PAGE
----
Feature Request: Multistate Button


I would like to propose a new Button component that can have multiple states (usually three) it can cycle through.

It would behave like a ToggleButton, but instead of simply turning on/off, it would increase it’s internal state and wrap around at the predefined number of states. This allows for a simple and small switch between e.g. filter-modes, tri-state filter states (ignore, has to be included, can’t be included) etc.

If helpful, I can provide a JUCE style implementation and send pull request.



Hmmm not sure about this one. JUCE already supports the most common types of multi-state controls. You could use a combo-box, a slider with discrete steps (which also can be a rotary slider) or you could group toggle buttons in a radio group (Button::setRadioGroupId). On top of that you can change the layout of all those controls with a custom look and feel. Maybe, in your case, using a slider with discrete steps and custom look & feel might do the job best. Anything else seems pretty non-standard to me and is probably worth deriving your own class from Button.


Fair enough. But one has to wonder why there are so many different button classes with identical behavior (!) except their display. TextButton, Imagebutton, DrawableButton etc.

But I guess these are pretty old and the code design principles not as solidified as they are now.



+1 for this feature request.

I fail to understand how a slider is going to transition between it’s values on a click (or how it’s going to wrap around at the end). I have implemented a (incredibly cludgey) tri-state Button derived class in my first plugin with JUCE, and there was no way of using ButtonAttachment to communicate between the editor and processor since I was maintaining my own button triple-state. I suppose I should have looked at also deriving from ButtonAttachment to solve that problem?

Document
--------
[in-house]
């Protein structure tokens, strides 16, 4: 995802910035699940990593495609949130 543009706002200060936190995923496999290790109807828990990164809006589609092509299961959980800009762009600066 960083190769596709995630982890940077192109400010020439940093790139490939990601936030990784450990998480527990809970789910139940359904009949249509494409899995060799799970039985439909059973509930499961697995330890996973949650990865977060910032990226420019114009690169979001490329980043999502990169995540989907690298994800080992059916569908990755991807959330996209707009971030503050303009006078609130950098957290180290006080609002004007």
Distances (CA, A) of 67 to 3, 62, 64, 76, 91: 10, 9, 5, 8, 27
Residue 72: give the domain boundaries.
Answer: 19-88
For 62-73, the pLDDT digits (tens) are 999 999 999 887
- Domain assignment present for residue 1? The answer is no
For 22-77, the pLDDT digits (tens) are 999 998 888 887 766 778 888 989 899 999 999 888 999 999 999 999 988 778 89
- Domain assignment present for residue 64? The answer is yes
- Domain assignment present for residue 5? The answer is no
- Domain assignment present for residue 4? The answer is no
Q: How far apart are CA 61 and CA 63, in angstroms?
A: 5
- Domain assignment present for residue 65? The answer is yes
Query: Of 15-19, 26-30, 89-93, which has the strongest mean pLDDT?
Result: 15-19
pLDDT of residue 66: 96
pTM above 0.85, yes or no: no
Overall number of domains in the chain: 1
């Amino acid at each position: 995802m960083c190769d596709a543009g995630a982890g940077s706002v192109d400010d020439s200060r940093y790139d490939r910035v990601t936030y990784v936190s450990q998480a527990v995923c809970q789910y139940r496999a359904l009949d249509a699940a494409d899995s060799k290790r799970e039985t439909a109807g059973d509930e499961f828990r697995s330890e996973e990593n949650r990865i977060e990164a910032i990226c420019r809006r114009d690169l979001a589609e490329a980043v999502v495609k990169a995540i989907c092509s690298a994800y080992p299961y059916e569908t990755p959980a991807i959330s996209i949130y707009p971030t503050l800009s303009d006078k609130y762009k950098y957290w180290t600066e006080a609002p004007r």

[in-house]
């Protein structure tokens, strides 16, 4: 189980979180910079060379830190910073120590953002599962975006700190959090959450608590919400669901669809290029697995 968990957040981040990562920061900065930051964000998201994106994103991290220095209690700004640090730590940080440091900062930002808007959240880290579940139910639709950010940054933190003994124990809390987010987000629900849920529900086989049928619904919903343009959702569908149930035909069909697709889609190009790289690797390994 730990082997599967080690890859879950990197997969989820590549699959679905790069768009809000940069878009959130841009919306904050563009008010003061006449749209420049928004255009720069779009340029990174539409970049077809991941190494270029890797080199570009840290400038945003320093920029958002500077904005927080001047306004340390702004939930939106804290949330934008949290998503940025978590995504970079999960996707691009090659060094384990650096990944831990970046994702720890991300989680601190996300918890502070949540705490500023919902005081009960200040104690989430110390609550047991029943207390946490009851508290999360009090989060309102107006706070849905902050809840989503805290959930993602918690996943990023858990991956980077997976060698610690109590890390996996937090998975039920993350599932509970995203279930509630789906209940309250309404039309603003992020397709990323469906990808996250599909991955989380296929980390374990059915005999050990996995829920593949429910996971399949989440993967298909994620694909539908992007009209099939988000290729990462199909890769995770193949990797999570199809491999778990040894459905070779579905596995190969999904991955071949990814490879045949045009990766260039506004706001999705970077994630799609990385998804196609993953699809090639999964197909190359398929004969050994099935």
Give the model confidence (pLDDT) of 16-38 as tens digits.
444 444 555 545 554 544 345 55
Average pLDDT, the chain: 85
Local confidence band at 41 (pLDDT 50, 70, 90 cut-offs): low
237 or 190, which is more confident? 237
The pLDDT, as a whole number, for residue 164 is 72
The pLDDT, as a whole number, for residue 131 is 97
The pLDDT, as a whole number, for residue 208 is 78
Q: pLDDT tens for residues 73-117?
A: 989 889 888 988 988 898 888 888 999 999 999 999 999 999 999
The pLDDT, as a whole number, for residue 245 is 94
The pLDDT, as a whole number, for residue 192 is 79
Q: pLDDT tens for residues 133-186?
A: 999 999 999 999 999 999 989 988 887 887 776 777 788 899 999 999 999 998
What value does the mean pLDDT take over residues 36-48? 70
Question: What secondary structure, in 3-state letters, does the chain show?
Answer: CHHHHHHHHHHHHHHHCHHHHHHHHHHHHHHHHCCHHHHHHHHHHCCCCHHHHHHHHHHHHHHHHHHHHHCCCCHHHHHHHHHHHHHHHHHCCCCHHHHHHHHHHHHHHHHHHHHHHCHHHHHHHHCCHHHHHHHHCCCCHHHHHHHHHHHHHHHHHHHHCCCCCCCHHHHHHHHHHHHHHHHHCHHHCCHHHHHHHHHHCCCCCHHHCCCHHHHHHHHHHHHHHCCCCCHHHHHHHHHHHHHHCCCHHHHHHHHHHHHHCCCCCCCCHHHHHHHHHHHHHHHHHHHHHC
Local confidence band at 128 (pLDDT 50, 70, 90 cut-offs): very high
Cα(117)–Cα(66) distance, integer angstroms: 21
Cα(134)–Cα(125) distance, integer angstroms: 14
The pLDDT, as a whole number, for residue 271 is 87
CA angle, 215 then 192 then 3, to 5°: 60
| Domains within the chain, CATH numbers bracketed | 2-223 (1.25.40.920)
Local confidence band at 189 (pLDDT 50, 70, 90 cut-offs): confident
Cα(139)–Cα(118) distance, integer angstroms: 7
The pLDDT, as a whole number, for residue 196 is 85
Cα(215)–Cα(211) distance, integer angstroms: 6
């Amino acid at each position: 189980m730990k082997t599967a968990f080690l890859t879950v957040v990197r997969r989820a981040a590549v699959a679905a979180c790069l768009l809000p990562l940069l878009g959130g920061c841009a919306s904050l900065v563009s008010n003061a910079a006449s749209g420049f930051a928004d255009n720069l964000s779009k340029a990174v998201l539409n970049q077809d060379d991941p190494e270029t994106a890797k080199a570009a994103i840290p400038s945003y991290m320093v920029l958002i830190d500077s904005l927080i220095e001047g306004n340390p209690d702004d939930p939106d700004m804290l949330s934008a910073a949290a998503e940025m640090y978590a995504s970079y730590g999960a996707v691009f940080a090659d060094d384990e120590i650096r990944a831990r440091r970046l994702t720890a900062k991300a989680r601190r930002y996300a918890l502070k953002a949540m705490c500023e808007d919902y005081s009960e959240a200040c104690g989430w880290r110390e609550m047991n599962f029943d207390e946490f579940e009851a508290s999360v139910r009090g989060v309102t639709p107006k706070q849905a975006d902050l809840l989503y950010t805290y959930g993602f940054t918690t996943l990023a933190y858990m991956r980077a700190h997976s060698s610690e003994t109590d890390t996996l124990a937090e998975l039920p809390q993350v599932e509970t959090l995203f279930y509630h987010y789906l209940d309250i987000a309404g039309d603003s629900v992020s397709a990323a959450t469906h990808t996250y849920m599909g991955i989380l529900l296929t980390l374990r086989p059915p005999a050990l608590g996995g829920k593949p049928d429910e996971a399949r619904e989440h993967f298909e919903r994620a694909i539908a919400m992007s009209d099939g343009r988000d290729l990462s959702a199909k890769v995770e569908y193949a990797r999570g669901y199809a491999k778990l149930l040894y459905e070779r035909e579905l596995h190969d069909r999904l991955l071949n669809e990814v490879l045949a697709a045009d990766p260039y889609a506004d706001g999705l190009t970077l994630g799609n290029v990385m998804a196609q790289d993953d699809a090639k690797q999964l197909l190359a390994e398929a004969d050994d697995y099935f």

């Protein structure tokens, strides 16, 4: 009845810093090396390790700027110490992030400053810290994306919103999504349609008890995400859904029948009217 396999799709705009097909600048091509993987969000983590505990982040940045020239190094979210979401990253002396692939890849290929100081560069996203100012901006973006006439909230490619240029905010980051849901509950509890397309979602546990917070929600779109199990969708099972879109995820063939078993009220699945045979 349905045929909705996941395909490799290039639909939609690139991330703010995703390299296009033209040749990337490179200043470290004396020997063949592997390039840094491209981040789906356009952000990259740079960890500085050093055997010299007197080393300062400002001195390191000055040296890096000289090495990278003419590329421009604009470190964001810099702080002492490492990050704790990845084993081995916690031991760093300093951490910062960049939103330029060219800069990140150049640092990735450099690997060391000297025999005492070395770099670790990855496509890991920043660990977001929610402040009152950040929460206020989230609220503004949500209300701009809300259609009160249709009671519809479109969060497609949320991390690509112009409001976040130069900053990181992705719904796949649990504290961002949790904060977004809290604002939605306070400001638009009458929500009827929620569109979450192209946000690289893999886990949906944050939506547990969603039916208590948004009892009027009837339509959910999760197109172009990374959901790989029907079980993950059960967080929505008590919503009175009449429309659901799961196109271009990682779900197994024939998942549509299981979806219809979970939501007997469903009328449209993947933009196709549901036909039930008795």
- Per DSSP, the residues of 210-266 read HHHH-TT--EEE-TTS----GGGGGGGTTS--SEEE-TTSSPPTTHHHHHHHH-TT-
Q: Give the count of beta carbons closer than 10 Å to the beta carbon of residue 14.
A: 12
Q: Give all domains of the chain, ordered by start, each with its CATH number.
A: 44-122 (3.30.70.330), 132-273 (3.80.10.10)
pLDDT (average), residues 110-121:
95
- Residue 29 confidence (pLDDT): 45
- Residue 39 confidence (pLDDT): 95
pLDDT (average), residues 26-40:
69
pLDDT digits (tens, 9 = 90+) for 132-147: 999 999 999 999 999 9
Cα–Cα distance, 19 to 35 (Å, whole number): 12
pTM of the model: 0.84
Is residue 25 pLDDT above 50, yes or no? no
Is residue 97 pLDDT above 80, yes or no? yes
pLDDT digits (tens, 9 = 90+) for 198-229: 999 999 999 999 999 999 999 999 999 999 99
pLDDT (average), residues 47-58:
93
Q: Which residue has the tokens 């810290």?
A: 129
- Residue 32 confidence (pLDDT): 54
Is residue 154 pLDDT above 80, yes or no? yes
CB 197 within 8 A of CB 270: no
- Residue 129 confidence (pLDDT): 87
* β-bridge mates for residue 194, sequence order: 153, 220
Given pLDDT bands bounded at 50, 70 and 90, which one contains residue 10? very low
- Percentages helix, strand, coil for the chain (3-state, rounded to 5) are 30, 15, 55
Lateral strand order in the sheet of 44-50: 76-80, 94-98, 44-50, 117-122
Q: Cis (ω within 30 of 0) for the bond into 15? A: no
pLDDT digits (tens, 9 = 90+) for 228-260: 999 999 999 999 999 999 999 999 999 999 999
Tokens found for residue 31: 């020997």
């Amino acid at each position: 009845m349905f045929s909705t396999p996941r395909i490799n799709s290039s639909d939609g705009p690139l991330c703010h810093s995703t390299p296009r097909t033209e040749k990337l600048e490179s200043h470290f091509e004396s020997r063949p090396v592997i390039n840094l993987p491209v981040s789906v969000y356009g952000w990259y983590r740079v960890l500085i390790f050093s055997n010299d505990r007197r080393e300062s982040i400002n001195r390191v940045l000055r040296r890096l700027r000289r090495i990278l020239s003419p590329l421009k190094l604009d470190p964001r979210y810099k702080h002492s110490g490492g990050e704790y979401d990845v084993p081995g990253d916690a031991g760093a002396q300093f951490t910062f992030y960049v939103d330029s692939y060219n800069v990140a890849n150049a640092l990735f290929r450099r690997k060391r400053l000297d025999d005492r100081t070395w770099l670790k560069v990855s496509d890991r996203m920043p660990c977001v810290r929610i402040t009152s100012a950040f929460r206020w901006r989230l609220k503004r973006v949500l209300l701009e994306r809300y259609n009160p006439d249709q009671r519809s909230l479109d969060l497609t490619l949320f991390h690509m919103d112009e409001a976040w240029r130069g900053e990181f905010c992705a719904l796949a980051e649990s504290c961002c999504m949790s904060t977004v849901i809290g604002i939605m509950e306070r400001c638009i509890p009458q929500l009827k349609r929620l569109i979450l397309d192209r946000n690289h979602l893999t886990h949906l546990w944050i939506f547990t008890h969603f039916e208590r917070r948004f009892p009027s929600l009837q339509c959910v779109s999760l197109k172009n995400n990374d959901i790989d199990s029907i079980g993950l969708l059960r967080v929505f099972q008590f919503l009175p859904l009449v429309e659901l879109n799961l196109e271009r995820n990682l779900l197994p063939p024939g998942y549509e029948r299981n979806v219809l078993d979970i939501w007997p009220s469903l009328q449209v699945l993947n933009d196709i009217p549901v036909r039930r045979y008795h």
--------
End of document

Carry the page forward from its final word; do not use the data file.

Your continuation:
It’s really simple to write your own button class… I have one I wrote to do something like this which is fairly simple:

class CTriStateButton : public Component,
                           public ChangeBroadcaster,
                           public SettableTooltipClient
    CTriStateButton (Image image1, Image image2, Image image3);
    void    paint (Graphics& g) override;
    void    mouseDown  (const MouseEvent&) override;
    int     getState() const noexcept   { return m_iState;  }
    void    setState (int iState);
    /** You can assign a lambda to this callback object to have it called when the button is clicked. */
    std::function<void()> onClick;
    Image       m_State1_Image;
    Image       m_State2_Image;
    Image       m_State3_Image;
    int         m_iState;
    void clickButton();
#include "TriStateButton.h"

CTriStateButton::CTriStateButton (Image image1, Image image2, Image image3) : m_State1_Image (image1),
                                                                              m_State2_Image (image2),
                                                                              m_State3_Image (image3),
                                                                              m_iState       (0)

void  CTriStateButton::paint (Graphics& g)
    switch (m_iState)
        case 0:     g.drawImageAt (m_State1_Image, 0, 0);
        case 1:     g.drawImageAt (m_State2_Image, 0, 0);
        case 2:     g.drawImageAt (m_State3_Image, 0, 0);

void  CTriStateButton::mouseDown (const MouseEvent&)
    if (m_iState > 2)
        m_iState = 0;

void  CTriStateButton::clickButton()
    if (onClick == nullptr)
        Component::BailOutChecker checker (this);
        if (checker.shouldBailOut())

void  CTriStateButton::setState (int iState)
    m_iState = iState;



For slightly more JUCEsque behavior one could add a NotificationType notification parameter to setState. And I’d be tempted to put the three images in an array, to do away with the switch in paint. Which of course means you would have to bounds checking in setState.


Yep, there are lots of simple improvements you could make – this is just a simple/quick implementation (which demonstrates you don’t have to be limited to the built-in JUCE buttons) :slight_smile:




My comments were aimed at the poster, for that exact reason. :slight_smile: